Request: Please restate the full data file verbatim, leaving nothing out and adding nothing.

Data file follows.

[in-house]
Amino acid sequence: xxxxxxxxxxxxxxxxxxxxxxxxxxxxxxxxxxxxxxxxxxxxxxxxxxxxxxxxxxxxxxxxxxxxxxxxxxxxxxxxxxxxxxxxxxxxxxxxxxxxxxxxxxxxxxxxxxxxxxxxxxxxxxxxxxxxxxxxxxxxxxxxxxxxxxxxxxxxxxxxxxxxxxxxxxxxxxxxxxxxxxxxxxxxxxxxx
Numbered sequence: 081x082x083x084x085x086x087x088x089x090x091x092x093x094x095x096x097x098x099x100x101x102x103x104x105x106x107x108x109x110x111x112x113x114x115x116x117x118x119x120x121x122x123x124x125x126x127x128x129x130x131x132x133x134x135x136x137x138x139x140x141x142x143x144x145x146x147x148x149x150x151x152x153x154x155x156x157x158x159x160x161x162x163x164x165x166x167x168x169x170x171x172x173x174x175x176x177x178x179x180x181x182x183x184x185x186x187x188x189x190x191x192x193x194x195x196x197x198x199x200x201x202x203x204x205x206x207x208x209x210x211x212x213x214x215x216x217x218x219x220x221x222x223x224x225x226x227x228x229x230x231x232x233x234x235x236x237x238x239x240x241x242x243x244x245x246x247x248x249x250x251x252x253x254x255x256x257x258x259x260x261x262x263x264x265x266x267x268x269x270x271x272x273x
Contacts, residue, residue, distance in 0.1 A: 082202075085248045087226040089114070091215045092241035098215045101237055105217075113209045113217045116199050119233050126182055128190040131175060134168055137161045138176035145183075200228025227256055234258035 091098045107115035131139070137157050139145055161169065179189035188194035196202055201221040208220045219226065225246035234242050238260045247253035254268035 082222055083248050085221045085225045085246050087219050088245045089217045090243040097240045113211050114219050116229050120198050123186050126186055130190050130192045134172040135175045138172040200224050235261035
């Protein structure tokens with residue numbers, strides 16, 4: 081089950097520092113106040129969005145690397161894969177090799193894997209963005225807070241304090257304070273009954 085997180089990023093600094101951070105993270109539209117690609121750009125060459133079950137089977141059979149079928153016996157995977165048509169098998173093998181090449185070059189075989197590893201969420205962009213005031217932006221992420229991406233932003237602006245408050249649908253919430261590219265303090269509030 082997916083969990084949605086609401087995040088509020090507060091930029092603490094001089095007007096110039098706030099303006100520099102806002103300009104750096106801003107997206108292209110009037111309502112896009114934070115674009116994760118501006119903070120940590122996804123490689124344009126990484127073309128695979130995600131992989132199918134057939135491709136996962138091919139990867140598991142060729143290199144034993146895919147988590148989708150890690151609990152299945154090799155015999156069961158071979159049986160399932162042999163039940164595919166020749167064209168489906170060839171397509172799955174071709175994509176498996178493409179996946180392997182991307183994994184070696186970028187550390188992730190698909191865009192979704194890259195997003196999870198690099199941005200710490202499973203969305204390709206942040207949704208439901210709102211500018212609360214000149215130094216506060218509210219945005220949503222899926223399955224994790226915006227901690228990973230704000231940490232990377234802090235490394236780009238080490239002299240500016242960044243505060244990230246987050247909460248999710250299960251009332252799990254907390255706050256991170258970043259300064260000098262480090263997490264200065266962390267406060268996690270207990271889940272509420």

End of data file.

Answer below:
[in-house]
Amino acid sequence: xxxxxxxxxxxxxxxxxxxxxxxxxxxxxxxxxxxxxxxxxxxxxxxxxxxxxxxxxxxxxxxxxxxxxxxxxxxxxxxxxxxxxxxxxxxxxxxxxxxxxxxxxxxxxxxxxxxxxxxxxxxxxxxxxxxxxxxxxxxxxxxxxxxxxxxxxxxxxxxxxxxxxxxxxxxxxxxxxxxxxxxxxxxxxxxxx
Numbered sequence: 081x082x083x084x085x086x087x088x089x090x091x092x093x094x095x096x097x098x099x100x101x102x103x104x105x106x107x108x109x110x111x112x113x114x115x116x117x118x119x120x121x122x123x124x125x126x127x128x129x130x131x132x133x134x135x136x137x138x139x140x141x142x143x144x145x146x147x148x149x150x151x152x153x154x155x156x157x158x159x160x161x162x163x164x165x166x167x168x169x170x171x172x173x174x175x176x177x178x179x180x181x182x183x184x185x186x187x188x189x190x191x192x193x194x195x196x197x198x199x200x201x202x203x204x205x206x207x208x209x210x211x212x213x214x215x216x217x218x219x220x221x222x223x224x225x226x227x228x229x230x231x232x233x234x235x236x237x238x239x240x241x242x243x244x245x246x247x248x249x250x251x252x253x254x255x256x257x258x259x260x261x262x263x264x265x266x267x268x269x270x271x272x273x
Contacts, residue, residue, distance in 0.1 A: 082202075085248045087226040089114070091215045092241035098215045101237055105217075113209045113217045116199050119233050126182055128190040131175060134168055137161045138176035145183075200228025227256055234258035 091098045107115035131139070137157050139145055161169065179189035188194035196202055201221040208220045219226065225246035234242050238260045247253035254268035 082222055083248050085221045085225045085246050087219050088245045089217045090243040097240045113211050114219050116229050120198050123186050126186055130190050130192045134172040135175045138172040200224050235261035
């Protein structure tokens with residue numbers, strides 16, 4: 081089950097520092113106040129969005145690397161894969177090799193894997209963005225807070241304090257304070273009954 085997180089990023093600094101951070105993270109539209117690609121750009125060459133079950137089977141059979149079928153016996157995977165048509169098998173093998181090449185070059189075989197590893201969420205962009213005031217932006221992420229991406233932003237602006245408050249649908253919430261590219265303090269509030 082997916083969990084949605086609401087995040088509020090507060091930029092603490094001089095007007096110039098706030099303006100520099102806002103300009104750096106801003107997206108292209110009037111309502112896009114934070115674009116994760118501006119903070120940590122996804123490689124344009126990484127073309128695979130995600131992989132199918134057939135491709136996962138091919139990867140598991142060729143290199144034993146895919147988590148989708150890690151609990152299945154090799155015999156069961158071979159049986160399932162042999163039940164595919166020749167064209168489906170060839171397509172799955174071709175994509176498996178493409179996946180392997182991307183994994184070696186970028187550390188992730190698909191865009192979704194890259195997003196999870198690099199941005200710490202499973203969305204390709206942040207949704208439901210709102211500018212609360214000149215130094216506060218509210219945005220949503222899926223399955224994790226915006227901690228990973230704000231940490232990377234802090235490394236780009238080490239002299240500016242960044243505060244990230246987050247909460248999710250299960251009332252799990254907390255706050256991170258970043259300064260000098262480090263997490264200065266962390267406060268996690270207990271889940272509420």